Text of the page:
For a year, Alsolaiman enrolled in a school for displaced Syrian children, meeting people that had escaped the conflict and making friends he keeps in touch with today. Upon returning to Utah, he found that his time in Gaziantep had kindled a passion for social justice—so he found and formed new avenues for civic work across Salt Lake City. Over the course of high school, Alsolaiman helped organize fundraising dinners in support of victims of the Syrian conflict, worked with the ACLU of Utah and supported the Salt Lake Peer Court, a restorative justice organization which redirects underprivileged youth with petty crime charges away from the juvenile justice system.

Now that he’s in Chicago, Alsolaiman intends to dig deeper into the intersection of economics, social justice and politics. In particular, the city’s housing debate has caught his attention: “I think when we talk about social justice, you have to focus on the economic aspects of what’s hurting disadvantaged communities. What were the historical causes of this, and how can we remedy it?”

For the time being, he’s getting used to life in Burton-Judson, focusing on his coursework, and reminding everyone to vote in the primaries.

“Yes, the world can be overwhelmingly pessimistic, and for good reason—things sometimes don’t seem super great,” he said. “But I think so much of this work is just getting people to realize their role in the greater mechanics of society—and what it can be.”

Shivanii Batra

When Shivanii Batra participated in The New York Times’  2015 summer reading contest—a program in which the paper invites feedback from teenage readers—the presidential election cycle was just getting started. So she took the opportunity to share a perspective from Dallas, where “it [was] pretty much Democrats vs. Republicans and nobody really accomplishing anything.”

Batra’s commentary didn’t just earn her a spot on The New York Times’ inaugural Student Council, for which she discussed news features and current affairs with other teenagers—it inspired her unique approach to analyzing politics from all angles.

Last summer, Batra was accepted to a Washington, D.C. program run by conservative Congressman Pete Sessions, who represents a Dallas district. A few months later, Batra interned with Ed Meier, who ran for Sessions’ seat in the Democratic primary.

“That really sparked my interest, because I got to see both sides,” she said.

At UChicago, Batra is considering the economics and political science majors. But she also wants to make a more immediate impact—and has found an outlet in Pi Beta Phi, whose advocacy for childhood literacy feels like a natural next step from her own experience as coordinator of an elementary school tutoring program in Dallas.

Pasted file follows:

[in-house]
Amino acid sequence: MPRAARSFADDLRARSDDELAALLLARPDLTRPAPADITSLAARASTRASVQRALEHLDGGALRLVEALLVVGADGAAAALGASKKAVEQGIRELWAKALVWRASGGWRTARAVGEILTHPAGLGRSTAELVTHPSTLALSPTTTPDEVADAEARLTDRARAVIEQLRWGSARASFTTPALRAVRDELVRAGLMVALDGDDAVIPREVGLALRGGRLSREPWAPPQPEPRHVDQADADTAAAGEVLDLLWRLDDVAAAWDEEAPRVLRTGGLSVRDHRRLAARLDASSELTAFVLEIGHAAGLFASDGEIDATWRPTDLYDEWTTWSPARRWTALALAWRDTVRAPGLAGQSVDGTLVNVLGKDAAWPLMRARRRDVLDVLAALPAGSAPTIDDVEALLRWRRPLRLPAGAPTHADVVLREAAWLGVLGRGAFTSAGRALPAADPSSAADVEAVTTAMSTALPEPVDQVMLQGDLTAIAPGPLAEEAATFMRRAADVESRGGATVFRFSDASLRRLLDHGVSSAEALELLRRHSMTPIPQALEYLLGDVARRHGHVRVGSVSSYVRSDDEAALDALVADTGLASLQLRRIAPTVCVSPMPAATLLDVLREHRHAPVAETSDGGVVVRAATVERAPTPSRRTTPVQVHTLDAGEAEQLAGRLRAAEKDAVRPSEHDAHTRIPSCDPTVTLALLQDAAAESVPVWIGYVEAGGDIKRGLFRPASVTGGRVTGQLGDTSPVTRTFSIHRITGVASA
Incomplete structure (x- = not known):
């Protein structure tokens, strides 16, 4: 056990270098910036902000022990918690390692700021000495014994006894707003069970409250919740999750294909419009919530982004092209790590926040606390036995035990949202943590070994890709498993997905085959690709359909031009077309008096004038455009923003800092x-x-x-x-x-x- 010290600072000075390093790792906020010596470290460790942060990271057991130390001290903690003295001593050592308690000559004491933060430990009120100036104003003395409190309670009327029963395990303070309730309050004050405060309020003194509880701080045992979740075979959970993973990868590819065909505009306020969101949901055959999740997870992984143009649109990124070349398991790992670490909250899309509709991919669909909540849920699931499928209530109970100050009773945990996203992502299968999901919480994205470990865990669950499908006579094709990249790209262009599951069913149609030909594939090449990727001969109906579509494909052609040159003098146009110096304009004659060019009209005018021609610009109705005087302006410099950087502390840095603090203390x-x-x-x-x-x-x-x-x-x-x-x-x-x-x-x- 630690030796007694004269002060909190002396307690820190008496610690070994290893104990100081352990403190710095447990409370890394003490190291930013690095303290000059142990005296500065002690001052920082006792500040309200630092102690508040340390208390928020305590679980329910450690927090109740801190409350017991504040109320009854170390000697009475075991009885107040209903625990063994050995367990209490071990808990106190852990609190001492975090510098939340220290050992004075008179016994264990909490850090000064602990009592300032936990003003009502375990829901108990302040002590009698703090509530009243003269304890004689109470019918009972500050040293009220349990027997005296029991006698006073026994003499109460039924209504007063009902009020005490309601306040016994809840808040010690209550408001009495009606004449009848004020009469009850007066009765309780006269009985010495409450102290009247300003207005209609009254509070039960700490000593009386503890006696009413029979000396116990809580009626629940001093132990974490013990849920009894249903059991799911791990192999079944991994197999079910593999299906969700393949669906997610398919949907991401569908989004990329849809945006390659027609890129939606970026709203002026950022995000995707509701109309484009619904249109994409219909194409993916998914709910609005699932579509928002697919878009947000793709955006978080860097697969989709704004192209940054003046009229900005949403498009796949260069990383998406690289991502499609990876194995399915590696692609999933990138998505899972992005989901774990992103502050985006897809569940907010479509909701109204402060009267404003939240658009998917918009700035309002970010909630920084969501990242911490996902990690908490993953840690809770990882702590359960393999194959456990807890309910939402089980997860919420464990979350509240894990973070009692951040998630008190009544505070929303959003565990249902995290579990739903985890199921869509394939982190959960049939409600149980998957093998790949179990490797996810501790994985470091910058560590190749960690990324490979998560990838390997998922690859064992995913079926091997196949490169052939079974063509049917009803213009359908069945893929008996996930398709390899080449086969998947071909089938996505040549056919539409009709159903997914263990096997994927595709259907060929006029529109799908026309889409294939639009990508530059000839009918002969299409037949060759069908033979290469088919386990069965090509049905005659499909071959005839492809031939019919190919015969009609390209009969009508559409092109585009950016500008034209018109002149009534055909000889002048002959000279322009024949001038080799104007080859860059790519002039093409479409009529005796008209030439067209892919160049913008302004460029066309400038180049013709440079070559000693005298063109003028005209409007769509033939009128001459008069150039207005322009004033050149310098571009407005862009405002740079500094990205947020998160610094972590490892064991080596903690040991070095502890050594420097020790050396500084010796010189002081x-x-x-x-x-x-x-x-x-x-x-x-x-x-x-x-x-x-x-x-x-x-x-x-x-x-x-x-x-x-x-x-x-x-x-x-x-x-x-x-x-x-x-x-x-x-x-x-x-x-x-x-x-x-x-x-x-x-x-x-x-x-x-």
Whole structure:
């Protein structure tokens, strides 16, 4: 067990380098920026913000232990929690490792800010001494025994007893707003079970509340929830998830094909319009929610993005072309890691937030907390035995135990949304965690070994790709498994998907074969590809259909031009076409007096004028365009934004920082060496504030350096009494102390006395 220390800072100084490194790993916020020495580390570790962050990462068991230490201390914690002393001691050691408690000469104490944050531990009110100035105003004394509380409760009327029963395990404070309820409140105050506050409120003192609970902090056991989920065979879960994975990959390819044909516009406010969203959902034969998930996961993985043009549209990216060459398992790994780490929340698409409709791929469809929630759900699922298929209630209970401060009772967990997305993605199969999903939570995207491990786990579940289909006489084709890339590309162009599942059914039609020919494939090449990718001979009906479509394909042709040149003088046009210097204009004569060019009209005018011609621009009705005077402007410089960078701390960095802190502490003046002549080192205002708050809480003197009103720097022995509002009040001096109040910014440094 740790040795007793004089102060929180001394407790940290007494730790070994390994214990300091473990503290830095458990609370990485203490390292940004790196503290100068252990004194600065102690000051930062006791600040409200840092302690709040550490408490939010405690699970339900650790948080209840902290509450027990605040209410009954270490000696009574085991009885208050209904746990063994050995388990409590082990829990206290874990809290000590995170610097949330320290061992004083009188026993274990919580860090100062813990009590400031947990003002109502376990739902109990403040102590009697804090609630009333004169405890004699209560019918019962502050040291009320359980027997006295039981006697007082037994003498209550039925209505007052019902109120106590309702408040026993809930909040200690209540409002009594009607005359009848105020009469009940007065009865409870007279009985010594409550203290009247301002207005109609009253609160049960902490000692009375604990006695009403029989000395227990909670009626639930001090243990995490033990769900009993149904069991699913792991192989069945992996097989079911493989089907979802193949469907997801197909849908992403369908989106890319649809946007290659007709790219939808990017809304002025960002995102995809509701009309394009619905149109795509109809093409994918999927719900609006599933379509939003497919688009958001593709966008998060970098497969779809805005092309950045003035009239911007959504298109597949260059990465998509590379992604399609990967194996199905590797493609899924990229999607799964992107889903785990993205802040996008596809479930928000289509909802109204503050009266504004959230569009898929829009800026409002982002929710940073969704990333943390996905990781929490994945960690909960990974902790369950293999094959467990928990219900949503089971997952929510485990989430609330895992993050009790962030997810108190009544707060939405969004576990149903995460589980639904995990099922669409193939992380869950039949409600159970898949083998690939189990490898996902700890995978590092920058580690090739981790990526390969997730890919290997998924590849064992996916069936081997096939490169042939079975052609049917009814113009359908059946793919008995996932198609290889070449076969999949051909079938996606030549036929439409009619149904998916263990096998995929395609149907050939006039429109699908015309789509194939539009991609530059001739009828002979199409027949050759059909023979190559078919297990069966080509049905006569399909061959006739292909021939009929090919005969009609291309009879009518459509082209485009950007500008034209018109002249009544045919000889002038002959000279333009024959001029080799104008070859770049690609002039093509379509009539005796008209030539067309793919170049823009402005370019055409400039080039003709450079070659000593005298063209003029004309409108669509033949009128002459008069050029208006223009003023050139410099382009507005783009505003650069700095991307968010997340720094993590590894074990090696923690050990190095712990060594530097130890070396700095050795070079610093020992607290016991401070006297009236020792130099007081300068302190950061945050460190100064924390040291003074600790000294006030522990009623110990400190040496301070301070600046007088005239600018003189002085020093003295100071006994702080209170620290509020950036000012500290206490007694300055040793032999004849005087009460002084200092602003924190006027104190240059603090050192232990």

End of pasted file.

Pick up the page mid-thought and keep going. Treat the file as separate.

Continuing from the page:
In the meantime, she’ll continue to explore life on campus and Chicago at large, where she feels “kind of cool coming from the South.”

As she puts it: ”I’ve never had pride about my state. I didn’t like it when I was there, but here, I’m kind of into it.”

Julian Spencer

“Animal Jam,” an online multiplayer game about environmentalism developed by National Geographic, resembles its peers (say, “Club Penguin”) at first glance. But for Julian Spencer, there’s a whole world beneath the cartoonish surface.

Since his childhood in Bethesda, Maryland, Spencer has been fascinated with the game’s mechanics—from lore and glitches to internal economies. So he began to post video commentary to YouTube, trading the technical focus of eSports for philosophy and meta-commentary. By the time Spencer called it quits on YouTube, this one-time hobby had brought him 210,000 subscribers and 50 million views.

But it’s the way his videos inspired young people to be curious about environmentalism and computer science that Spencer remembers most fondly. “To study a world that is totally a representation of everyone’s minds working together is one of the deepest ways to get a look at the human perspective,” he said.  

Through he’s moved on from Animal Jam, Spencer remains creative as a pianist, new member of Fire Escape Films and devoted baker (carrot cake is his specialty). A student-athlete, he’s also on UChicago’s swim team.

Not everything Spencer does is productive, but he’s found value in sidesteps and new explorations. “Life is about progress, but life is also about life.”